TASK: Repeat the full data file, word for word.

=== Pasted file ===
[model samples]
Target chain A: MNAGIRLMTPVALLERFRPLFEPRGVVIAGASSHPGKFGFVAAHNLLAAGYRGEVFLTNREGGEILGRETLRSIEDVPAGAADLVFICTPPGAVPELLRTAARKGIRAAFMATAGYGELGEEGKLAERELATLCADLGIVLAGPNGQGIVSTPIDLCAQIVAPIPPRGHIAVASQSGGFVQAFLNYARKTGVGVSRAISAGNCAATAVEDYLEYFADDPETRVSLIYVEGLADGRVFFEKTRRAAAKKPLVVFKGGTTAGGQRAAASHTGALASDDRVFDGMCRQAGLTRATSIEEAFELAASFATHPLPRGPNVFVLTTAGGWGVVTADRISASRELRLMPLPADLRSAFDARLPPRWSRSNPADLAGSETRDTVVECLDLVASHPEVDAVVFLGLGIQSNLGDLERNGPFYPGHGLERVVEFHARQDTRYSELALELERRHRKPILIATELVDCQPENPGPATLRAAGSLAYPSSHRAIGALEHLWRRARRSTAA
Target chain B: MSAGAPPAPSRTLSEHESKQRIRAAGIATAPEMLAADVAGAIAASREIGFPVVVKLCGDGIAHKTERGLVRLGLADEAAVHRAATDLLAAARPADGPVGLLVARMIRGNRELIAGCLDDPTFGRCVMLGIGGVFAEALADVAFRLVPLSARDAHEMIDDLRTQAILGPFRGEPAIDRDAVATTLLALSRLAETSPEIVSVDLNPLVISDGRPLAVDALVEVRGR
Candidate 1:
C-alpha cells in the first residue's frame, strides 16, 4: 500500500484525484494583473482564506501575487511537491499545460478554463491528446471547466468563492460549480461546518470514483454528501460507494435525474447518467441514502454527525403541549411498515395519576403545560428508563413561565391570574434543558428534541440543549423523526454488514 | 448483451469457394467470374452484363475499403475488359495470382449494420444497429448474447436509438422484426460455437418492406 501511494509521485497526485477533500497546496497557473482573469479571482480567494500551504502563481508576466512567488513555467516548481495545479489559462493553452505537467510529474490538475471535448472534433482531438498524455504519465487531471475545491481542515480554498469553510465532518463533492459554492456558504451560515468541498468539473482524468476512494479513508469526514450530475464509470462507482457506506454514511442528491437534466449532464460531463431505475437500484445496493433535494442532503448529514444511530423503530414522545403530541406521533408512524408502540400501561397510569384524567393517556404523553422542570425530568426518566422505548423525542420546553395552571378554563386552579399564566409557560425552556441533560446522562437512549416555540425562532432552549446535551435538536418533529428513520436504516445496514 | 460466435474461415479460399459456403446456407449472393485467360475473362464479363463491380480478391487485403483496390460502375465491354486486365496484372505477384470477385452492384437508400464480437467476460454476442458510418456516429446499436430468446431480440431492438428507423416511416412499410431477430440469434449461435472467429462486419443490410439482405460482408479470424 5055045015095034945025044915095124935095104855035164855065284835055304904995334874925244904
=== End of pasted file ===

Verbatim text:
[model samples]
Target chain A: MNAGIRLMTPVALLERFRPLFEPRGVVIAGASSHPGKFGFVAAHNLLAAGYRGEVFLTNREGGEILGRETLRSIEDVPAGAADLVFICTPPGAVPELLRTAARKGIRAAFMATAGYGELGEEGKLAERELATLCADLGIVLAGPNGQGIVSTPIDLCAQIVAPIPPRGHIAVASQSGGFVQAFLNYARKTGVGVSRAISAGNCAATAVEDYLEYFADDPETRVSLIYVEGLADGRVFFEKTRRAAAKKPLVVFKGGTTAGGQRAAASHTGALASDDRVFDGMCRQAGLTRATSIEEAFELAASFATHPLPRGPNVFVLTTAGGWGVVTADRISASRELRLMPLPADLRSAFDARLPPRWSRSNPADLAGSETRDTVVECLDLVASHPEVDAVVFLGLGIQSNLGDLERNGPFYPGHGLERVVEFHARQDTRYSELALELERRHRKPILIATELVDCQPENPGPATLRAAGSLAYPSSHRAIGALEHLWRRARRSTAA
Target chain B: MSAGAPPAPSRTLSEHESKQRIRAAGIATAPEMLAADVAGAIAASREIGFPVVVKLCGDGIAHKTERGLVRLGLADEAAVHRAATDLLAAARPADGPVGLLVARMIRGNRELIAGCLDDPTFGRCVMLGIGGVFAEALADVAFRLVPLSARDAHEMIDDLRTQAILGPFRGEPAIDRDAVATTLLALSRLAETSPEIVSVDLNPLVISDGRPLAVDALVEVRGR
Candidate 1:
C-alpha cells in the first residue's frame, strides 16, 4: 500500500484525484494583473482564506501575487511537491499545460478554463491528446471547466468563492460549480461546518470514483454528501460507494435525474447518467441514502454527525403541549411498515395519576403545560428508563413561565391570574434543558428534541440543549423523526454488514 | 448483451469457394467470374452484363475499403475488359495470382449494420444497429448474447436509438422484426460455437418492406 501511494509521485497526485477533500497546496497557473482573469479571482480567494500551504502563481508576466512567488513555467516548481495545479489559462493553452505537467510529474490538475471535448472534433482531438498524455504519465487531471475545491481542515480554498469553510465532518463533492459554492456558504451560515468541498468539473482524468476512494479513508469526514450530475464509470462507482457506506454514511442528491437534466449532464460531463431505475437500484445496493433535494442532503448529514444511530423503530414522545403530541406521533408512524408502540400501561397510569384524567393517556404523553422542570425530568426518566422505548423525542420546553395552571378554563386552579399564566409557560425552556441533560446522562437512549416555540425562532432552549446535551435538536418533529428513520436504516445496514 | 460466435474461415479460399459456403446456407449472393485467360475473362464479363463491380480478391487485403483496390460502375465491354486486365496484372505477384470477385452492384437508400464480437467476460454476442458510418456516429446499436430468446431480440431492438428507423416511416412499410431477430440469434449461435472467429462486419443490410439482405460482408479470424 5055045015095034945025044915095124935095104855035164855065284835055304904995334874925244904